It is a famous problem what is the densest (or, most efficient) packing of unit balls in Euclidean n-dimensional spaces and, of course, you can ask the same questions for other convex bodies. A sort of a dual problem, also famous, is the question of the most efficient covering the n-dimensional Euclidean space by balls or by translates of other convex bodies.
A very basic insight is that covering is much more efficient than packing. Can you explain the reason for that? The only thing that came up to my mind was that convex sets are roundish from the outside but not from the inside which makes it easier to cover with them.
But how efficiently can we cover the n-dimensional Euclidean space with translates of a convex body $K$?
C.A. Rogers with coauthors had some very fundamental results regarding covering (and packing) in the 50s and 60s. Or Ordentlich, Oded Regev and Barak Weiss have made a terrific improvement for one of the main questions in this area. They showed that for every convex set K, you can find a lattice L of determinant 1, and r>0 such that and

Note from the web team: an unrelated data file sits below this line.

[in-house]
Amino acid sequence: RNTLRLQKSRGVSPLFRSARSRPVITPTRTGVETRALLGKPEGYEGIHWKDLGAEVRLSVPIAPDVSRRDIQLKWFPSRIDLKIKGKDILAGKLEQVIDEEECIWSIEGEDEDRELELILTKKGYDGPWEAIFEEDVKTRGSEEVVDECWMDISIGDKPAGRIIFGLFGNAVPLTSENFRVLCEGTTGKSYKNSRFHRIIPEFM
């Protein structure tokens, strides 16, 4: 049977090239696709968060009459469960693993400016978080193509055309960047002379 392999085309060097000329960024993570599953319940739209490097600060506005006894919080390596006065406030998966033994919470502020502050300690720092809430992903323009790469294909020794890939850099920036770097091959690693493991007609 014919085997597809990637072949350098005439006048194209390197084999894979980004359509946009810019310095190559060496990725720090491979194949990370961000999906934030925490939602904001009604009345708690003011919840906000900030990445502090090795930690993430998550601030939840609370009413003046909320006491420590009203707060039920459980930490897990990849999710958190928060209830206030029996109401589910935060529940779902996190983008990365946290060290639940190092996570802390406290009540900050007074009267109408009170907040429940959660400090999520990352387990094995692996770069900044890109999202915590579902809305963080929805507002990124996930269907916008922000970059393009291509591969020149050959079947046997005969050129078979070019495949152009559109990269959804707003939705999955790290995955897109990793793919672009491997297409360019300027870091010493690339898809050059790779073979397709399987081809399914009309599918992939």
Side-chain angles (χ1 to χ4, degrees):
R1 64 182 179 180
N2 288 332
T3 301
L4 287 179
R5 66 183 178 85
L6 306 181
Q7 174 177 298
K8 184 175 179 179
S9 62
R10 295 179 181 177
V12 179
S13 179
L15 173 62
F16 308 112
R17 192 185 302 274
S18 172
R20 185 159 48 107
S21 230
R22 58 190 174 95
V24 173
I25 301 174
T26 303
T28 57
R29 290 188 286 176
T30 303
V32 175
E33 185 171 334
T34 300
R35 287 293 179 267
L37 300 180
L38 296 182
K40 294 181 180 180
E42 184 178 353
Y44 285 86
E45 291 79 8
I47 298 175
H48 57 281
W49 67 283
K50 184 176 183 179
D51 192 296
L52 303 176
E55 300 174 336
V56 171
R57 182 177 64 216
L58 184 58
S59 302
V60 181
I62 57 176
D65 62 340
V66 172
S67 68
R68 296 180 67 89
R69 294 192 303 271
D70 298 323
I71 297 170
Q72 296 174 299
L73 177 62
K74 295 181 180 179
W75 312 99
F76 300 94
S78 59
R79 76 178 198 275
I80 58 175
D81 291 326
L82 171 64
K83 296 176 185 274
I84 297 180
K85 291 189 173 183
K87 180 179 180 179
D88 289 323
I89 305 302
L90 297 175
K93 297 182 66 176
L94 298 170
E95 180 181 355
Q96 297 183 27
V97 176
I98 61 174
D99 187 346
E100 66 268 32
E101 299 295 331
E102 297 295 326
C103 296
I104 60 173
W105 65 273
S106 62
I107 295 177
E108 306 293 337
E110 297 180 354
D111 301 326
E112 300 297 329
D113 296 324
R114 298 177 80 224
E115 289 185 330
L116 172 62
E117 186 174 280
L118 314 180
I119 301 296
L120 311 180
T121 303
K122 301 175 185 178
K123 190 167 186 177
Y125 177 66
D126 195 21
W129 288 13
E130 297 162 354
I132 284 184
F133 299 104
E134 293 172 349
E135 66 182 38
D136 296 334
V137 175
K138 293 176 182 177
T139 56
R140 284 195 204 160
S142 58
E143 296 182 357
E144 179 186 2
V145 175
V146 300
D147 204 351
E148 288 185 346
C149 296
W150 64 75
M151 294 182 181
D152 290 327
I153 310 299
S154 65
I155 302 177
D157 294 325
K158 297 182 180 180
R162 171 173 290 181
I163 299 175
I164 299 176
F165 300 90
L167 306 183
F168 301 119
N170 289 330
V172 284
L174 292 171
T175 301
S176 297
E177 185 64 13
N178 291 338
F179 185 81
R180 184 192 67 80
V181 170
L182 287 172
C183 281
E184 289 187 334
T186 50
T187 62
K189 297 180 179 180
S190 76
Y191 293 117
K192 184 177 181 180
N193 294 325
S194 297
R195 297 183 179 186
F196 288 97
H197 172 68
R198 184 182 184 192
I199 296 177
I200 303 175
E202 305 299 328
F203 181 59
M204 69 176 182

The best earlier upper bound was .
One surprising aspect of the proof is the use of finite field Kakeya-type questions. Since the breakthrough by Zeev Dvir, many people had hopes for applications from the finite fields results to the Euclidean setting (in particular, to the Euclidean Kakeya problem itself) and it is rare to see such applications. The proof here relies on results by Dvir, Kopparty, Saraf, Sudan, and Lev. The Ordentlich-Regev-Weiss paper is not yet on the arXiv but the lecture gives a good picture about the results and the proofs.
The definition of the covering density of L with respect to a convex body K
The definition of the covering density of K
Old results for the Euclidean ball
Old results for general convex bodies
The first main result
The required finite field Kakeya theorem.